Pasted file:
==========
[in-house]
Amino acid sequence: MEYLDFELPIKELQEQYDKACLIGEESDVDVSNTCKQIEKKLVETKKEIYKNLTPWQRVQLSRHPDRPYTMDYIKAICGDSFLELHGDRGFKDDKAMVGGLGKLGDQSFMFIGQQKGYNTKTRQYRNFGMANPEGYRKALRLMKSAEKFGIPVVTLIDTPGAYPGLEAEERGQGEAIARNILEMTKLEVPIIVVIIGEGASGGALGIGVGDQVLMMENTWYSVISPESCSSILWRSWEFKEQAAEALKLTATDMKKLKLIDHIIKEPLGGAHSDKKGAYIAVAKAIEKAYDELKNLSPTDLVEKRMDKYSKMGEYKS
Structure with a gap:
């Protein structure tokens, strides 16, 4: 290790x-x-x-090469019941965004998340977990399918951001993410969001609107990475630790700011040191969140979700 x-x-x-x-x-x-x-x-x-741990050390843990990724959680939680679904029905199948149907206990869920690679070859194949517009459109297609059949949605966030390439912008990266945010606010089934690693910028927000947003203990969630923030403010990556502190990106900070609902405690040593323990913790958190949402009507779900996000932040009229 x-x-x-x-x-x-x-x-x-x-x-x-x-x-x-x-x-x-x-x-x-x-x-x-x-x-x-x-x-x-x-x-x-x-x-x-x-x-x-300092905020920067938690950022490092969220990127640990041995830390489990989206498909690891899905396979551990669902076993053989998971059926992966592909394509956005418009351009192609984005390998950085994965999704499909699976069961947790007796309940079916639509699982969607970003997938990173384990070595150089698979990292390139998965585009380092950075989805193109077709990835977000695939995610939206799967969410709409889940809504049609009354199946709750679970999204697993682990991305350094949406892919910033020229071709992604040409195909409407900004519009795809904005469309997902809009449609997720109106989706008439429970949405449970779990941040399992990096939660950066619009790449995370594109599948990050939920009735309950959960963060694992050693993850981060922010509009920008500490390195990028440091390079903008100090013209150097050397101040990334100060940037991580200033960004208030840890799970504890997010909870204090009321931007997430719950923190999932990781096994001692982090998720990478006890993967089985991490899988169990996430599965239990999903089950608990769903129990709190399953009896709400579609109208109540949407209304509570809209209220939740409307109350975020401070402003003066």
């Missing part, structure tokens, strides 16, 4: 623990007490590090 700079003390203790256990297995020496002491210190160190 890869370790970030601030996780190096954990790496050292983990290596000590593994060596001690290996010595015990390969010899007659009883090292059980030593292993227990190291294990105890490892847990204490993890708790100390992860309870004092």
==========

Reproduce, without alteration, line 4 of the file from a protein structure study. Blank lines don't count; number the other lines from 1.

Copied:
């Protein structure tokens, strides 16, 4: 290790x-x-x-090469019941965004998340977990399918951001993410969001609107990475630790700011040191969140979700 x-x-x-x-x-x-x-x-x-741990050390843990990724959680939680679904029905199948149907206990869920690679070859194949517009459109297609059949949605966030390439912008990266945010606010089934690693910028927000947003203990969630923030403010990556502190990106900070609902405690040593323990913790958190949402009507779900996000932040009229 x-x-x-x-x-x-x-x-x-x-x-x-x-x-x-x-x-x-x-x-x-x-x-x-x-x-x-x-x-x-x-x-x-x-x-x-x-x-x-300092905020920067938690950022490092969220990127640990041995830390489990989206498909690891899905396979551990669902076993053989998971059926992966592909394509956005418009351009192609984005390998950085994965999704499909699976069961947790007796309940079916639509699982969607970003997938990173384990070595150089698979990292390139998965585009380092950075989805193109077709990835977000695939995610939206799967969410709409889940809504049609009354199946709750679970999204697993682990991305350094949406892919910033020229071709992604040409195909409407900004519009795809904005469309997902809009449609997720109106989706008439429970949405449970779990941040399992990096939660950066619009790449995370594109599948990050939920009735309950959960963060694992050693993850981060922010509009920008500490390195990028440091390079903008100090013209150097050397101040990334100060940037991580200033960004208030840890799970504890997010909870204090009321931007997430719950923190999932990781096994001692982090998720990478006890993967089985991490899988169990996430599965239990999903089950608990769903129990709190399953009896709400579609109208109540949407209304509570809209209220939740409307109350975020401070402003003066």